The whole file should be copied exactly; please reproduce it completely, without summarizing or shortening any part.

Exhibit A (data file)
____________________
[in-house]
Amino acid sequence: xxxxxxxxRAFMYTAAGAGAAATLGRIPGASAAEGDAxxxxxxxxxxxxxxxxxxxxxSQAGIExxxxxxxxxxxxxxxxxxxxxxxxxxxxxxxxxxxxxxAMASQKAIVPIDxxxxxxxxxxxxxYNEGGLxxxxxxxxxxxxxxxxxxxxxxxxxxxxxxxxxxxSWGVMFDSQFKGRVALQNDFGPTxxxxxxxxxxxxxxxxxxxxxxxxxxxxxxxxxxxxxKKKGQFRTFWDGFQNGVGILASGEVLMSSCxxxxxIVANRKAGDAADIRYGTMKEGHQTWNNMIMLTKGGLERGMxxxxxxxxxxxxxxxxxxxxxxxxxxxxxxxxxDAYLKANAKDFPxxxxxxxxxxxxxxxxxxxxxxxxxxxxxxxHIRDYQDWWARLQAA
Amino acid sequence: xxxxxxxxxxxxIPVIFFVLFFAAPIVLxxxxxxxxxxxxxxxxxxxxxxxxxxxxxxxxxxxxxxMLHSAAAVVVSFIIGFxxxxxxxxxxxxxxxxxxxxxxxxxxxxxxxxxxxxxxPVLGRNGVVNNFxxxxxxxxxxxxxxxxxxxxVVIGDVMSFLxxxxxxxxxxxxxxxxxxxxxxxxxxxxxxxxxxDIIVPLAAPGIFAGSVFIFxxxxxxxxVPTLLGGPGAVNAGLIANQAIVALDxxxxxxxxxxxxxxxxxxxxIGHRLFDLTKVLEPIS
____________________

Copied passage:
[in-house]
Amino acid sequence: xxxxxxxxRAFMYTAAGAGAAATLGRIPGASAAEGDAxxxxxxxxxxxxxxxxxxxxxSQAGIExxxxxxxxxxxxxxxxxxxxxxxxxxxxxxxxxxxxxxAMASQKAIVPIDxxxxxxxxxxxxxYNEGGLxxxxxxxxxxxxxxxxxxxxxxxxxxxxxxxxxxxSWGVMFDSQFKGRVALQNDFGPTxxxxxxxxxxxxxxxxxxxxxxxxxxxxxxxxxxxxxKKKGQFRTFWDGFQNGVGILASGEVLMSSCxxxxxIVANRKAGDAADIRYGTMKEGHQTWNNMIMLTKGGLERGMxxxxxxxxxxxxxxxxxxxxxxxxxxxxxxxxxDAYLKANAKDFPxxxxxxxxxxxxxxxxxxxxxxxxxxxxxxxHIRDYQDWWARLQAA
Amino acid sequence: xxxxxxxxxxxxIPVIFFVLFFAAPIVLxxxxxxxxxxxxxxxxxxxxxxxxxxxxxxxxxxxxxxMLHSAAAVVVSFIIGFxxxxxxxxxxxxxxxxxxxxxxxxxxxxxxxxxxxxxxPVLGRNGVVNNFxxxxxxxxxxxxxxxxxxxxVVIGDVMSFLxxxxxxxxxxxxxxxxxxxxxxxxxxxxxxxxxxDIIVPLAAPGIFAGSVFIFxxxxxxxxVPTLLGGPGAVNAGLIANQAIVALDxxxxxxxxxxxxxxxxxxxxIGHRLFDLTKVLEPIS